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Can Open-RAN Networks Break the Mobile Monopoly

Article May 30, 2024 nan

The mobile industry operates like a well-oiled machine, thanks to 3GPP, a central body that acts as a referee and negotiator. Companies collaborate here, agreeing to share their inventions at a fair price (FRAND) to avoid lawsuits. Here comes, O-RAN Alliance, seeking to improve collaboration between different equipment providers by creating even more open standards.

Imagine having the freedom to build a mobile network just the way you want, without being tied to one vendor. That's what Open RAN offers – a new way of doing things in the telecommunications industry. Traditional RAN can feel like a closed system, limiting your choices and putting pressure on your budget. But Open RAN is changing that, opening up new possibilities for flexibility and choice. It's like building with Lego blocks, but for mobile networks. Let's take a closer look at Open RAN and how it's changing the game for operators like you.

Under the Hood of O-RAN: Overview of O-RAN Alliance Architecture, Interfaces, and Standardization

O-RAN Alliance Architecture The O-RAN Alliance is driving a transformation in mobile networks by breaking them down into smaller parts – RU, DU, and CU components, along with different hardware platforms and software. This shift creates a more diverse ecosystem for building RAN infrastructure, moving away from the old vendor-specific solutions. With Open RAN, operators can pick and choose hardware and software from different suppliers, giving them more flexibility and scalability. It works with all mobile technology generations, from 2G to 5G and beyond. In addition to meeting 3GPP standards, O-RAN is pushing RAN capabilities towards openness and intelligence, offering key features like:



Standardizing interfaces and ensuring interoperability are crucial for Open RAN's success. The O-RAN Alliance has specified different functional split options between CU and DU, offering a range of choices to operators.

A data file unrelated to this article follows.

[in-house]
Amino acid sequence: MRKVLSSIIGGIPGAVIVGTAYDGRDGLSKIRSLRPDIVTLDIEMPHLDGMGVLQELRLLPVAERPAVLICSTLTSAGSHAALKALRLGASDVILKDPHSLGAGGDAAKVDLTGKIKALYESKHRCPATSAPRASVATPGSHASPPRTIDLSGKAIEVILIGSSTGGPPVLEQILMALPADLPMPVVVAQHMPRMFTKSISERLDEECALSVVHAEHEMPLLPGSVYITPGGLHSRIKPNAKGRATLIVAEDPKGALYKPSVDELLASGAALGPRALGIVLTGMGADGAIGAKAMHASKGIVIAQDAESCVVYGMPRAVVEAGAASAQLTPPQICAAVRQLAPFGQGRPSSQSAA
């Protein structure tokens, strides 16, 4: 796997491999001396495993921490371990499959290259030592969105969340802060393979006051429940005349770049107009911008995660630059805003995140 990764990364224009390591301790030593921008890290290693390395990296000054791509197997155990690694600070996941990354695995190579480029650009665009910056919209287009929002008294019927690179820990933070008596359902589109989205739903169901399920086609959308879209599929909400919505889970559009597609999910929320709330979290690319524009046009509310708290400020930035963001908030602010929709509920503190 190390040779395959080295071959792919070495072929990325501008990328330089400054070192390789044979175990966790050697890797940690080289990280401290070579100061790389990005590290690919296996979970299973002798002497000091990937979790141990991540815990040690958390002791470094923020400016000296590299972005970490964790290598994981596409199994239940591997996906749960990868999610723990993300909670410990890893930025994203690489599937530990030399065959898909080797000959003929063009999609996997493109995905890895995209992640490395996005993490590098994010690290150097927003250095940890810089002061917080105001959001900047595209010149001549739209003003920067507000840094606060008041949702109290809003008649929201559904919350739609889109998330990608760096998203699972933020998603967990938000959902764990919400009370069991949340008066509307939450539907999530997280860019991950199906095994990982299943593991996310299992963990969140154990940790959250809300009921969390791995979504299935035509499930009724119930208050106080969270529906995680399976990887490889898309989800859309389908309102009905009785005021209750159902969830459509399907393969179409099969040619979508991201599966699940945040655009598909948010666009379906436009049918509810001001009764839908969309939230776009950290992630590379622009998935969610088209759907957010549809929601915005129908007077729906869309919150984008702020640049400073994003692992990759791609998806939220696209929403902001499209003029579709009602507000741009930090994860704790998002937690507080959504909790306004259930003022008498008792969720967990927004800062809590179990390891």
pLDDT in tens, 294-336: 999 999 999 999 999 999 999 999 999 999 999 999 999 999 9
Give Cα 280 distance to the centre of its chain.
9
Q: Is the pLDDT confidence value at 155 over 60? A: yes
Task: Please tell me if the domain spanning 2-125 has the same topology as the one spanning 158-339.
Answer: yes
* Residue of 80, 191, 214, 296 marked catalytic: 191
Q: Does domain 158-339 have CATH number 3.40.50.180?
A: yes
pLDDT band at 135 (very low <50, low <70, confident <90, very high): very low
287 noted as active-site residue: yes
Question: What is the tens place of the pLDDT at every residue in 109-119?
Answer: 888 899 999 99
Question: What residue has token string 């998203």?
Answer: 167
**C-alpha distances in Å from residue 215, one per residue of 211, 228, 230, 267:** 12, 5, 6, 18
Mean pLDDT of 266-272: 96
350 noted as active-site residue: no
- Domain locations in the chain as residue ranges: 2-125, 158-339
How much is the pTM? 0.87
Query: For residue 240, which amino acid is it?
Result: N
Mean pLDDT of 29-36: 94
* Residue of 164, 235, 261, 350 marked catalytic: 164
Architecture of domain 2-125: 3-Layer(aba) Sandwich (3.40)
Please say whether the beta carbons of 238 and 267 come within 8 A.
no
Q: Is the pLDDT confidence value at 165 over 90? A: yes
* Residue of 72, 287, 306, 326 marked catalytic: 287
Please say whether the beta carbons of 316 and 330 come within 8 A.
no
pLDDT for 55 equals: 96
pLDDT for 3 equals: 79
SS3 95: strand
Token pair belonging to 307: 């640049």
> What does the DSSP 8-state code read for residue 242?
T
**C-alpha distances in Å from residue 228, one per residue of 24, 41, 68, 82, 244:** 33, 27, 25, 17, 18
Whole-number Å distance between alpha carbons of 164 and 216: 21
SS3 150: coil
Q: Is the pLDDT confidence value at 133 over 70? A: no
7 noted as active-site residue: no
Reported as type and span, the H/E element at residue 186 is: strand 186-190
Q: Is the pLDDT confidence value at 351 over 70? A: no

Considerations for Functional Split Selection:




In addition to these functional splits, the O-RAN Alliance has defined its own interfaces for connecting different network components. These interfaces are open and standardized, allowing equipment from different vendors to work together.





O-RAN defines additional interfaces (O1, O2, A1, E2) for managing and controlling the network, compared to 3GPP. These interfaces handle configuration, cloud services, policy, and real-time control. For lower layer splits, the existing eCPRI interface connects the DU to the RU, reducing data traffic and using Ethernet for efficiency.

Additionally, the O-RAN Alliance distinguishes the 7-2x split between Category A and Category B type O-RUs, depending on whether they support the precoding function. The Category B type O-RU supports multi-antenna systems for massive MIMO, while Category A O-RU supports RRHs with different Tx/Rx configurations. The O-RAN Alliance also introduces a new concept: split RICs based on latency. Non-RT RIC handles slower tasks like fault management, while near-RT RIC handles faster jobs like radio resource allocation. This division allows for complex AI/ML tasks to be performed in central locations and then executed in real-time, improving efficiency and compatibility with legacy systems.

Wireless Network Admission Control